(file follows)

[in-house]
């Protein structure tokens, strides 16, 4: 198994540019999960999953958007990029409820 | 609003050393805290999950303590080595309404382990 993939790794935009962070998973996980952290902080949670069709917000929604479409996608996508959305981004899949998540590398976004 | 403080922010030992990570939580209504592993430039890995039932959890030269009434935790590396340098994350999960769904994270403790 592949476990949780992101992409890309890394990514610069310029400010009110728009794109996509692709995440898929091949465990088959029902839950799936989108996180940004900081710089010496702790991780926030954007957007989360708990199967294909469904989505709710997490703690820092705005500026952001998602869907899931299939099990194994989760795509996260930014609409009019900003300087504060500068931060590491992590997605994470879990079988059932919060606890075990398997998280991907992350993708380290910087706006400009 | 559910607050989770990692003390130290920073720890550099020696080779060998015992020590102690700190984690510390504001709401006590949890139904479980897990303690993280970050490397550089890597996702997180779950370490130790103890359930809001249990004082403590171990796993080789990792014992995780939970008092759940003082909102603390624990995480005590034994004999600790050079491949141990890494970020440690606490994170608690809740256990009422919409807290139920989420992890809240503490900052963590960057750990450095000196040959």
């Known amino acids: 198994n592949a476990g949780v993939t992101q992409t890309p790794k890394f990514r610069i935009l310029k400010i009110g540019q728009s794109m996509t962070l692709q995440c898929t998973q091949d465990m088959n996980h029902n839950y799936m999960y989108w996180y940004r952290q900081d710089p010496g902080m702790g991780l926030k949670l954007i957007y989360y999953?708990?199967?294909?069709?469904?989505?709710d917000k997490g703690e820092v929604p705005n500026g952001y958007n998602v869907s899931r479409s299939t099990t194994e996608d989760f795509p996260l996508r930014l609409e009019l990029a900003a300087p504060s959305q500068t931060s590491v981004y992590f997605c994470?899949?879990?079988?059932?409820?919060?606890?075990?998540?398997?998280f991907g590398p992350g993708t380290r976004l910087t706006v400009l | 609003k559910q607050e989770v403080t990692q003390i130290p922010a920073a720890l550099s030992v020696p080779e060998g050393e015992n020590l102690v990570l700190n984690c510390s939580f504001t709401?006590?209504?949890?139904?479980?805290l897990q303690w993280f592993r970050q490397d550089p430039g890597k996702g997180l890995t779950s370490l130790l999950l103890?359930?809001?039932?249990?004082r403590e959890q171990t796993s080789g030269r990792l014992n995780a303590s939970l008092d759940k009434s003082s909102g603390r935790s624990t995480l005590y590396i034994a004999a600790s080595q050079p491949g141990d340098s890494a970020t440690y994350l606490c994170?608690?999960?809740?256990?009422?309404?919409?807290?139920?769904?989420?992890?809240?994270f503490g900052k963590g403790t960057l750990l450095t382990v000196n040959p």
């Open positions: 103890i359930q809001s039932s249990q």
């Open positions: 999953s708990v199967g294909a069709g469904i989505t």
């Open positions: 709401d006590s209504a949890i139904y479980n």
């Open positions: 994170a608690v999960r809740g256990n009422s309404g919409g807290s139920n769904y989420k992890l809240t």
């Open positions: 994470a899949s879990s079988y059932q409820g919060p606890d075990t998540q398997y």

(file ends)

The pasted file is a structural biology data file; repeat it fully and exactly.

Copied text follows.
[in-house]
């Protein structure tokens, strides 16, 4: 198994540019999960999953958007990029409820 | 609003050393805290999950303590080595309404382990 993939790794935009962070998973996980952290902080949670069709917000929604479409996608996508959305981004899949998540590398976004 | 403080922010030992990570939580209504592993430039890995039932959890030269009434935790590396340098994350999960769904994270403790 592949476990949780992101992409890309890394990514610069310029400010009110728009794109996509692709995440898929091949465990088959029902839950799936989108996180940004900081710089010496702790991780926030954007957007989360708990199967294909469904989505709710997490703690820092705005500026952001998602869907899931299939099990194994989760795509996260930014609409009019900003300087504060500068931060590491992590997605994470879990079988059932919060606890075990398997998280991907992350993708380290910087706006400009 | 559910607050989770990692003390130290920073720890550099020696080779060998015992020590102690700190984690510390504001709401006590949890139904479980897990303690993280970050490397550089890597996702997180779950370490130790103890359930809001249990004082403590171990796993080789990792014992995780939970008092759940003082909102603390624990995480005590034994004999600790050079491949141990890494970020440690606490994170608690809740256990009422919409807290139920989420992890809240503490900052963590960057750990450095000196040959």
């Known amino acids: 198994n592949a476990g949780v993939t992101q992409t890309p790794k890394f990514r610069i935009l310029k400010i009110g540019q728009s794109m996509t962070l692709q995440c898929t998973q091949d465990m088959n996980h029902n839950y799936m999960y989108w996180y940004r952290q900081d710089p010496g902080m702790g991780l926030k949670l954007i957007y989360y999953?708990?199967?294909?069709?469904?989505?709710d917000k997490g703690e820092v929604p705005n500026g952001y958007n998602v869907s899931r479409s299939t099990t194994e996608d989760f795509p996260l996508r930014l609409e009019l990029a900003a300087p504060s959305q500068t931060s590491v981004y992590f997605c994470?899949?879990?079988?059932?409820?919060?606890?075990?998540?398997?998280f991907g590398p992350g993708t380290r976004l910087t706006v400009l | 609003k559910q607050e989770v403080t990692q003390i130290p922010a920073a720890l550099s030992v020696p080779e060998g050393e015992n020590l102690v990570l700190n984690c510390s939580f504001t709401?006590?209504?949890?139904?479980?805290l897990q303690w993280f592993r970050q490397d550089p430039g890597k996702g997180l890995t779950s370490l130790l999950l103890?359930?809001?039932?249990?004082r403590e959890q171990t796993s080789g030269r990792l014992n995780a303590s939970l008092d759940k009434s003082s909102g603390r935790s624990t995480l005590y590396i034994a004999a600790s080595q050079p491949g141990d340098s890494a970020t440690y994350l606490c994170?608690?999960?809740?256990?009422?309404?919409?807290?139920?769904?989420?992890?809240?994270f503490g900052k963590g403790t960057l750990l450095t382990v000196n040959p």
């Open positions: 103890i359930q809001s039932s249990q």
């Open positions: 999953s708990v199967g294909a069709g469904i989505t």
């Open positions: 709401d006590s209504a949890i139904y479980n």
């Open positions: 994170a608690v999960r809740g256990n009422s309404g919409g807290s139920n769904y989420k992890l809240t």
């Open positions: 994470a899949s879990s079988y059932q409820g919060p606890d075990t998540q398997y």